As I write this, it’s raining. It’s been raining all day, and it’s probably going to rain all night. We’re expecting to see several inches of precipitation, thanks to Tropical Storm Sally. That makes this topic a little tougher to focus on, but here goes: Welcome to the end of the rainy season.
Right now, the Peace River is within a few inches of minor flood stage. This is actually pretty typical for the tail end of the rains, because we often get lots of moisture from tropical weather systems in September. However, this has been an odd wet season, with many days having no rainfall in our area or in the central part of the state where the Peace originates.
As a result, water in the Harbor has been unusually clear all summer, with a lot less tannic water flowing into it. But it’s sure flowing now, and the Harbor is darker now than its been all year. (Just a reminder: Your inability to see a sandbar doesn’t mean it’s not there.) This dark water will stick around for a while yet, but it won’t really affect the changes that we have coming.
Now, it’s tricky to determine which of these changes happen because of the lack of rain and which happen for other reasons, such as the reduced photoperiod, a gradual cooling of our temperatures, and differences in where food sources can be found. So we’ll do the best we can, but the main thing to remember is that changes are happening.
One big change is that fish are looking for bigger meals. In fall and winter, food can be tougher to find. But right now, there’s a lot to eat. High water is pushing freshwater species such as tilapia and hoplo catfish down the rivers, and predators seem to know it. The pinfish that have been growing all summer have reached the size of your whole hand. Greenbacks and what few threadies are around have also been getting steadily larger.
All of that has the fish on the feed, and keyed in mostly on more substantial meals rather than snack-size morsels. It helps that temperatures are plenty warm, which means fish can digest more rapidly, but not quite so warm as they were a few weeks ago, which makes fish more willing to chase down lunch.
With so many different forage species out there, it can be hard to match the hatch. One way to resolve that problem is to carry a lot of different bait or lure options. They might ignore a quarter-ounce spoon but slam a one-ounce. They may not care about a white soft plastic but be all over root beer. Shrimp may get pecked apart by pinfish as redfish swim by, but those same reds might fight over a chunk of cut ladyfish. How do you find out? Put it out there and see what happens.
Where you find fish will also change to some degree. We’ve talked before about how snook will be moving in from the beaches and passes, now that their spawning duties are over for the year. Most anglers also know about the redfish schooling up this time of year, which has been a topic more than once in the magazine and on our Saturday morning radio show.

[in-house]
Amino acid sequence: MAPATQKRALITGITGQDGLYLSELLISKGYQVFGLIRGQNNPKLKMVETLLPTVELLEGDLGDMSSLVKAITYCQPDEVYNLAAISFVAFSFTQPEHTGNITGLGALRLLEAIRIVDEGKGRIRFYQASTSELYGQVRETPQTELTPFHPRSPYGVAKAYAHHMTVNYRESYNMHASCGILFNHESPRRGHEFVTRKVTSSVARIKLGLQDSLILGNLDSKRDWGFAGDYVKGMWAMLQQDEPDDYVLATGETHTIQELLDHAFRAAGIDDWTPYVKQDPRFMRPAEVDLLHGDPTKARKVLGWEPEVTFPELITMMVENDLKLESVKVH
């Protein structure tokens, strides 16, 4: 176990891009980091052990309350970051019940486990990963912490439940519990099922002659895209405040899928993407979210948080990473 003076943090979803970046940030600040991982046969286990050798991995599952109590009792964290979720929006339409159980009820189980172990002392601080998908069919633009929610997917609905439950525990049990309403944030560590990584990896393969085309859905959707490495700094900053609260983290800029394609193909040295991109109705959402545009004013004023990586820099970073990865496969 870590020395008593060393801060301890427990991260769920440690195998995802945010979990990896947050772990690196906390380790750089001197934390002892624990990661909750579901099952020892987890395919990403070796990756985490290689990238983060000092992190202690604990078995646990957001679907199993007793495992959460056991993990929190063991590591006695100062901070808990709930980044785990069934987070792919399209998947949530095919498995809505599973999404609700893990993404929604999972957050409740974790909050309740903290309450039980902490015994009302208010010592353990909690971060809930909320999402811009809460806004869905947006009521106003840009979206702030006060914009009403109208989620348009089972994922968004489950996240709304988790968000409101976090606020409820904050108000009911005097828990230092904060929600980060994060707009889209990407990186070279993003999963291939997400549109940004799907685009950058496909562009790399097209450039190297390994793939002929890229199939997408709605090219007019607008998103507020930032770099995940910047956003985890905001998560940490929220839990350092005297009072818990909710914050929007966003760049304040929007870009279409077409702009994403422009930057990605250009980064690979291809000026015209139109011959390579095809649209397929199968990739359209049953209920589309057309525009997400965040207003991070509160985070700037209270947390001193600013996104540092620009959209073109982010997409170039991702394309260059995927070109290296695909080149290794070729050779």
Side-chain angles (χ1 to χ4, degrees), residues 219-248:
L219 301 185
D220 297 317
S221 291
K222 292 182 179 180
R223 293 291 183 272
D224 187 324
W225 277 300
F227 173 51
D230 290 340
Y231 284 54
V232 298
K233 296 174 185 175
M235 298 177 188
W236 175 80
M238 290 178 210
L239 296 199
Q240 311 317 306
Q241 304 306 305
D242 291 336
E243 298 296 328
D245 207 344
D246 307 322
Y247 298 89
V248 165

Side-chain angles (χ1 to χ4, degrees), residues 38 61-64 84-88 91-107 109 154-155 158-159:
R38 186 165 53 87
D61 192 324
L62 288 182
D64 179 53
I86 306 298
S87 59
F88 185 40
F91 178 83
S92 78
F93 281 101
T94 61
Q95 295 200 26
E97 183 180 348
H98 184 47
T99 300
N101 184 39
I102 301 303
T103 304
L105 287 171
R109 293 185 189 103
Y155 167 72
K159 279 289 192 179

But they’re not the only fish on the move. Tarpon have also been following the bait wherever they find it. That means fewer of them in the passes but plenty scattered throughout the Harbor. They’re feeding extra hard, since they won’t be doing much eating over the cold, cold winter — they have to pack on their calories now, so they have enough to get through a long migration or months of lying in the bottom of a river bend.
Spanish mackerel have moved up into the Harbor this past week, and not just a few of them. The reports I got said there were schools all over from Cape Haze to Boca Grande Pass. That’s almost certainly a result of the massive amount of water coming out of the rivers, which is creating a little bloom of phytoplankton — basically, baitfish food.
When you kick off the food chain like that, it’s no surprise that hungry predators show up. Even a few kingfish have been spotted skyrocketing just offshore in the Gulf. More pelagics can’t be far behind, especially considering how warm the northern Gulf has been this summer.
Even bottom fish will be affected. They’ll be moving into shallower water, and actually have started already, with some keeper red grouper having been caught in only 60 feet of water in the last week or so. That will become less of a freak incident as the season progresses.
Basically, it’s a great time to be a fisherman in Southwest Florida. The afternoon thunderboomers are going to be less and less frequent, the temperature is going to go from stifling to just hot, and through it all the fish are going to be hungry and willing to play. What more could you ask for?
Robert Lugiewicz is the manager of Fishin’ Frank’s Bait & Tackle and a co-host of Radio WaterLine every Saturday from 7 to 9 a.m. on KIX 92.9 FM. Call 941-625-3888 for more information about the shop or for local fishing tips, or visit them online at FishinFranks.com.